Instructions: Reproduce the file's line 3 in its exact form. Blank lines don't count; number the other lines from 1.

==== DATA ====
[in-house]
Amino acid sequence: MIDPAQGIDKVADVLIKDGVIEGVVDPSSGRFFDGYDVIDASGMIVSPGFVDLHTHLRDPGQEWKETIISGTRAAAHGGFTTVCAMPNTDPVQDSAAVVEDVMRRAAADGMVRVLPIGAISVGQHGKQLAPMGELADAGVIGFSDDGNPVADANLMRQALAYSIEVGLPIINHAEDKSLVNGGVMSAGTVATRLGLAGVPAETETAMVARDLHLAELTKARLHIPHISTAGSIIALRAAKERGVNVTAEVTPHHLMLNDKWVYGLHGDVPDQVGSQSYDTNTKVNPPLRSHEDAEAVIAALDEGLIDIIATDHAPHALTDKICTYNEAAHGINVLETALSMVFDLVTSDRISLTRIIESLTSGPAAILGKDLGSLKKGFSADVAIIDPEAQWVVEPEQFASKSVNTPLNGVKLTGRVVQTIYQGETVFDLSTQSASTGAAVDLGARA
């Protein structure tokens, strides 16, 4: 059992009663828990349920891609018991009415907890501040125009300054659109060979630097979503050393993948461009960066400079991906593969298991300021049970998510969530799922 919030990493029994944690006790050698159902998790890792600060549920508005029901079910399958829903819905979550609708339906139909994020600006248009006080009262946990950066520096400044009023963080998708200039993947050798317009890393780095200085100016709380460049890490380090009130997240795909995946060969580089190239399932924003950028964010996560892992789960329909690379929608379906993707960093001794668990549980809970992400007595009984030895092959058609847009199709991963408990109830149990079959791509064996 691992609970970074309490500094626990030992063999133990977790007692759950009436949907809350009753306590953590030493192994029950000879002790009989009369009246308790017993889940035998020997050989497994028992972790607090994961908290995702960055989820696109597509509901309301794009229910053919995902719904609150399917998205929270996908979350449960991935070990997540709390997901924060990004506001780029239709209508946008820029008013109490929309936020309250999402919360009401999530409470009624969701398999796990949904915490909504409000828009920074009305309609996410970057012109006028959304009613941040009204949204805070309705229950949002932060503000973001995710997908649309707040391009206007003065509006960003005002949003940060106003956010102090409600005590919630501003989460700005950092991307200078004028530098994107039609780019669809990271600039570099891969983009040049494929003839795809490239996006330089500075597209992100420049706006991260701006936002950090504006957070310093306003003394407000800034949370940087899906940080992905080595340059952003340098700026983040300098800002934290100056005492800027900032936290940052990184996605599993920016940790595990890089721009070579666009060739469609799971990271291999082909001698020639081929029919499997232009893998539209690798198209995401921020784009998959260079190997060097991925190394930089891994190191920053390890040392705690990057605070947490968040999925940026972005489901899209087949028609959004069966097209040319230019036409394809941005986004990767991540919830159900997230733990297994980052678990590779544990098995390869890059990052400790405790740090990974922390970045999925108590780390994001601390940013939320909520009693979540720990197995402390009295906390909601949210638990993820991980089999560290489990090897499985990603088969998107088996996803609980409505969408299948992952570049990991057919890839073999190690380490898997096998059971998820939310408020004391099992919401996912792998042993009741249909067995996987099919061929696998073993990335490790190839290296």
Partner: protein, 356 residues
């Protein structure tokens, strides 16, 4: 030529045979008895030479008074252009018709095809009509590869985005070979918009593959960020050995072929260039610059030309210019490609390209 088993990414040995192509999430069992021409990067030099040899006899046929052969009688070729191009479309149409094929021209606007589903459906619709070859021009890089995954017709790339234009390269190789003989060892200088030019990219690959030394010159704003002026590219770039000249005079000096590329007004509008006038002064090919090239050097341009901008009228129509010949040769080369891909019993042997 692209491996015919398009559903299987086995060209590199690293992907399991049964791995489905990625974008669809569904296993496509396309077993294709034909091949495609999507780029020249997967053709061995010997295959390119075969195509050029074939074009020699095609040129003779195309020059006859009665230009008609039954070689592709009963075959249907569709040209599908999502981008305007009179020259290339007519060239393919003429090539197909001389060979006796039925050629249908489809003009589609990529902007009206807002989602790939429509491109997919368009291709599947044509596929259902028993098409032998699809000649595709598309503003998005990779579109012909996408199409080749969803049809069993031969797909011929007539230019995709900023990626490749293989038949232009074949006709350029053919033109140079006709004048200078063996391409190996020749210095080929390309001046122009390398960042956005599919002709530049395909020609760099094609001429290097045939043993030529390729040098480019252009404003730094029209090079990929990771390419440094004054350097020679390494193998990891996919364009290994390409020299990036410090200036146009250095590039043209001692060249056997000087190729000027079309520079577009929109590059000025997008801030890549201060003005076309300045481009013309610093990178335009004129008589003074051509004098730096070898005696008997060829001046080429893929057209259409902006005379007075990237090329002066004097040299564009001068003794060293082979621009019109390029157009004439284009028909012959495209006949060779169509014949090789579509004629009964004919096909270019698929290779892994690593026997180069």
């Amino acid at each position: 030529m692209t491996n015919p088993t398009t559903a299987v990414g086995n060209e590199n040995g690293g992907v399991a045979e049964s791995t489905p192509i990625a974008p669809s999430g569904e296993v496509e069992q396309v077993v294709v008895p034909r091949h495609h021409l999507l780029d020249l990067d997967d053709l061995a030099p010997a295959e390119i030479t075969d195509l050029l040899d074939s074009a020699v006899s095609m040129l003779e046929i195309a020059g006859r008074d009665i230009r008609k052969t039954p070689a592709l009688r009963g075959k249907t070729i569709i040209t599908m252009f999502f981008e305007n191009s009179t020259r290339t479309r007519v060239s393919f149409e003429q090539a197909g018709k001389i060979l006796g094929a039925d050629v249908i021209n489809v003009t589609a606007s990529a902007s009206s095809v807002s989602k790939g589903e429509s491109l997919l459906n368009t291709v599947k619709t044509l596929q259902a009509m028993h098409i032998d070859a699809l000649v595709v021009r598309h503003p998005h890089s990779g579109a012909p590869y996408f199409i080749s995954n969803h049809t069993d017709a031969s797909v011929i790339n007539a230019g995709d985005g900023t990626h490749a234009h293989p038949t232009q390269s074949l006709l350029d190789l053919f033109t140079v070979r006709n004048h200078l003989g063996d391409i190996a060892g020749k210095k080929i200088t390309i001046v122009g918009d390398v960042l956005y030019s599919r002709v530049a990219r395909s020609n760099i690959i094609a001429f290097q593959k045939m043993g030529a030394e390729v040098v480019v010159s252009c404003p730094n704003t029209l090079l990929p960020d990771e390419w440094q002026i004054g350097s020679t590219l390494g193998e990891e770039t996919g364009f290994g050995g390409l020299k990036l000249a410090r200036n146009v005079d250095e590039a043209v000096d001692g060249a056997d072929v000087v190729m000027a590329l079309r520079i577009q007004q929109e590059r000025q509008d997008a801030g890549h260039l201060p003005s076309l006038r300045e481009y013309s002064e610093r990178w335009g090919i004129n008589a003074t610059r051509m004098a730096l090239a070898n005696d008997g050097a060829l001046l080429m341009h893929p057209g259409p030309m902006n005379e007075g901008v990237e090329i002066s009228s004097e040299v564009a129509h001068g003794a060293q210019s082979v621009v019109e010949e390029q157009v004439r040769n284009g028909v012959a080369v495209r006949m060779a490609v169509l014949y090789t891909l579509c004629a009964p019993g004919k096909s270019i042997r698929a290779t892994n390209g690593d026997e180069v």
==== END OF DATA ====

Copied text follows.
């Protein structure tokens, strides 16, 4: 059992009663828990349920891609018991009415907890501040125009300054659109060979630097979503050393993948461009960066400079991906593969298991300021049970998510969530799922 919030990493029994944690006790050698159902998790890792600060549920508005029901079910399958829903819905979550609708339906139909994020600006248009006080009262946990950066520096400044009023963080998708200039993947050798317009890393780095200085100016709380460049890490380090009130997240795909995946060969580089190239399932924003950028964010996560892992789960329909690379929608379906993707960093001794668990549980809970992400007595009984030895092959058609847009199709991963408990109830149990079959791509064996 691992609970970074309490500094626990030992063999133990977790007692759950009436949907809350009753306590953590030493192994029950000879002790009989009369009246308790017993889940035998020997050989497994028992972790607090994961908290995702960055989820696109597509509901309301794009229910053919995902719904609150399917998205929270996908979350449960991935070990997540709390997901924060990004506001780029239709209508946008820029008013109490929309936020309250999402919360009401999530409470009624969701398999796990949904915490909504409000828009920074009305309609996410970057012109006028959304009613941040009204949204805070309705229950949002932060503000973001995710997908649309707040391009206007003065509006960003005002949003940060106003956010102090409600005590919630501003989460700005950092991307200078004028530098994107039609780019669809990271600039570099891969983009040049494929003839795809490239996006330089500075597209992100420049706006991260701006936002950090504006957070310093306003003394407000800034949370940087899906940080992905080595340059952003340098700026983040300098800002934290100056005492800027900032936290940052990184996605599993920016940790595990890089721009070579666009060739469609799971990271291999082909001698020639081929029919499997232009893998539209690798198209995401921020784009998959260079190997060097991925190394930089891994190191920053390890040392705690990057605070947490968040999925940026972005489901899209087949028609959004069966097209040319230019036409394809941005986004990767991540919830159900997230733990297994980052678990590779544990098995390869890059990052400790405790740090990974922390970045999925108590780390994001601390940013939320909520009693979540720990197995402390009295906390909601949210638990993820991980089999560290489990090897499985990603088969998107088996996803609980409505969408299948992952570049990991057919890839073999190690380490898997096998059971998820939310408020004391099992919401996912792998042993009741249909067995996987099919061929696998073993990335490790190839290296």